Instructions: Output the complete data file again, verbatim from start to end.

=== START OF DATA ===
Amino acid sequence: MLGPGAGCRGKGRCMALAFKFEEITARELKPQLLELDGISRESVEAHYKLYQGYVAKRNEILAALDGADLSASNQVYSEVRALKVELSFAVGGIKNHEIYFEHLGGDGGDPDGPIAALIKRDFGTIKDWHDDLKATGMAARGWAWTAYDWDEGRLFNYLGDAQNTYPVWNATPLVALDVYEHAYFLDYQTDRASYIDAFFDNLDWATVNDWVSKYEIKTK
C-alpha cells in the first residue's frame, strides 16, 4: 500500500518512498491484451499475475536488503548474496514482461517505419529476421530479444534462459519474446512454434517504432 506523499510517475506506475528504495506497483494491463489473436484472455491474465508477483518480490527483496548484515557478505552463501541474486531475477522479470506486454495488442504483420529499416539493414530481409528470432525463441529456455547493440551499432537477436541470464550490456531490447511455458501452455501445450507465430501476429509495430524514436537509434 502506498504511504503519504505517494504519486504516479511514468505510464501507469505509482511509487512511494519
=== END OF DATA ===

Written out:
Amino acid sequence: MLGPGAGCRGKGRCMALAFKFEEITARELKPQLLELDGISRESVEAHYKLYQGYVAKRNEILAALDGADLSASNQVYSEVRALKVELSFAVGGIKNHEIYFEHLGGDGGDPDGPIAALIKRDFGTIKDWHDDLKATGMAARGWAWTAYDWDEGRLFNYLGDAQNTYPVWNATPLVALDVYEHAYFLDYQTDRASYIDAFFDNLDWATVNDWVSKYEIKTK
C-alpha cells in the first residue's frame, strides 16, 4: 500500500518512498491484451499475475536488503548474496514482461517505419529476421530479444534462459519474446512454434517504432 506523499510517475506506475528504495506497483494491463489473436484472455491474465508477483518480490527483496548484515557478505552463501541474486531475477522479470506486454495488442504483420529499416539493414530481409528470432525463441529456455547493440551499432537477436541470464550490456531490447511455458501452455501445450507465430501476429509495430524514436537509434 502506498504511504503519504505517494504519486504516479511514468505510464501507469505509482511509487512511494519